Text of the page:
Last September I was called home, somewhat unexpectedly.
I was called home to be a mother to my children, just when I had imagined they might no longer need me.
I had left behind the hold-me-all-the-time baby stage, the watch-me-all-the-time toddler stage and the guide-me-all-the-time preschool and early elementary stage.
I had entered into the be-there-when-I-need-you stage. The “time to leave the nest” stage. The “just got my driver’s permit” stage. The “can you make me mac & cheese when I come home from playing with my friends” stage.
I was not unfamiliar with the be-there-when-I-need-you concept. I spent many years simultaneously ‘on call’ for my patients and my children:
- Studying as a medical student, family medicine, public health and preventive medicine resident,
- Caring for prisoners as the medical director at the county jail,
- Caring for patients in private medical practice,
- Teaching medical students and family practice residents,
- Working as a medical advisor.
Over the years, my professional roles changed, surging and fading like the tide. Usually, one role would quickly be replaced by another. Last September, I found that the tide had turned in a more permanent fashion when, due to budget cuts, I lost my final job in the “traditional” medical field.
In the aftermath of last September’s loss, I continued my small integrative private practice, my writing and my Dr. Lisa radio gigs–all of which had been minimally compensated.
And I also kept that most important of gigs: the uncompensated be-there-when-I-need-you mothering gig.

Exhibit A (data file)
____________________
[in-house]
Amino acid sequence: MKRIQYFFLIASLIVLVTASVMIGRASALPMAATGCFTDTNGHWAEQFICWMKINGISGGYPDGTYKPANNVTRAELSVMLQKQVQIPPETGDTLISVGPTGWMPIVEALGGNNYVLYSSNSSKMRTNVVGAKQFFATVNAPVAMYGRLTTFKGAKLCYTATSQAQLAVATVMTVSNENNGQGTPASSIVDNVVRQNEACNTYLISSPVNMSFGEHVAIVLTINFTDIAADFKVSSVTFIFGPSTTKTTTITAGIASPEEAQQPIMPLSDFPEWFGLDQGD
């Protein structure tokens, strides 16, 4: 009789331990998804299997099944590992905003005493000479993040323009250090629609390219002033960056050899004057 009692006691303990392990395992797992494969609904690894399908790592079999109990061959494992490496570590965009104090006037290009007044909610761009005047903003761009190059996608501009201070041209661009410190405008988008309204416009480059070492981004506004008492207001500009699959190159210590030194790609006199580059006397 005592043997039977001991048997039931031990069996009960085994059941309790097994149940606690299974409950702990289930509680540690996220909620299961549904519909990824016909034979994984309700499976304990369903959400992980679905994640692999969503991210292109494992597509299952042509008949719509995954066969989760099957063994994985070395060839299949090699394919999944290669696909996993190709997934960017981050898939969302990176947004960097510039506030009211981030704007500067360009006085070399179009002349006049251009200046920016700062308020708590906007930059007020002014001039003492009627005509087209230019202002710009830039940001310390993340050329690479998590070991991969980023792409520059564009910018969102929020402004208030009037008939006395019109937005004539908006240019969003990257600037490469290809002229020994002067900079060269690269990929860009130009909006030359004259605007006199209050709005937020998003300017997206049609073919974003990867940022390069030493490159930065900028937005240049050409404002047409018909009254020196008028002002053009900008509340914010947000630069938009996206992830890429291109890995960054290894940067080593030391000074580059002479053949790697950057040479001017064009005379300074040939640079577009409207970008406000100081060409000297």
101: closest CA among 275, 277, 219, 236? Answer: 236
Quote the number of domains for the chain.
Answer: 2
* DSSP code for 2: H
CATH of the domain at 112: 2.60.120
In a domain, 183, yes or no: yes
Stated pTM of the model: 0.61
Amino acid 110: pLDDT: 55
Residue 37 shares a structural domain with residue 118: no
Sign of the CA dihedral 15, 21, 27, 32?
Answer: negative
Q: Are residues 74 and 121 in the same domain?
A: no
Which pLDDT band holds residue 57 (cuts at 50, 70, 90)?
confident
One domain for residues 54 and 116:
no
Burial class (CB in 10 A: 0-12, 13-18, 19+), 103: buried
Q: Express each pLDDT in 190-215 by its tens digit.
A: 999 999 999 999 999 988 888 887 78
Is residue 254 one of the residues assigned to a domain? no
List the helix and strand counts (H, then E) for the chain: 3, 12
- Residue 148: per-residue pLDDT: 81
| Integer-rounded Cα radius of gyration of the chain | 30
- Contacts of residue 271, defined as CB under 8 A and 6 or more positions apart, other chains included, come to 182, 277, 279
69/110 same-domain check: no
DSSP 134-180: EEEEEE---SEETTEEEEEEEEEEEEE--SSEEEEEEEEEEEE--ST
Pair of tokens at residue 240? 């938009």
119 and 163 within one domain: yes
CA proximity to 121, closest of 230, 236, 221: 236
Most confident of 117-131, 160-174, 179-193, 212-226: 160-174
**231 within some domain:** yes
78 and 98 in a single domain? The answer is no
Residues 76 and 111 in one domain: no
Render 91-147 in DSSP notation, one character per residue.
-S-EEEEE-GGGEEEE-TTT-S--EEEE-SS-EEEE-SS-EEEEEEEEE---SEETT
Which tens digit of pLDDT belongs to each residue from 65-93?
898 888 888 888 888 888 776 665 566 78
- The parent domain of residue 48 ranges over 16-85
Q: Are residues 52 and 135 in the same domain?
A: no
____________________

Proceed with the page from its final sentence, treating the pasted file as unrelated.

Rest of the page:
Did I worry about money? Of course. I did, and I still do. Medical school was not inexpensive, as I am reminded each month when the loan statements are delivered to my mailbox. College will not be inexpensive for my son next year, after he returns from his post-high-school volunteer year in Guatemala. Nor will college be inexpensive for my other daughters in three and eight years.
But money is not everything. Or really even much of anything.
What is everything? My children, my dear one, my parents, my brothers and sisters, my other relatives, my friends, my colleagues, my patients.
The people that I know and love are everything.
Which I am reminded often, but especially on days like the anniversary of 9/11, when so many people lost their own everything: their children, their spouses, their parents, their siblings, their relatives, their friends, their colleagues, their patients.
How can I be anything but grateful for having the privilege of being called home last year, to my be-there-when-I-need-you children?
I have everything.
And when I am called to that other home at the end of my own life, like those who died on September 11 a decade ago, I believe I will have everything again.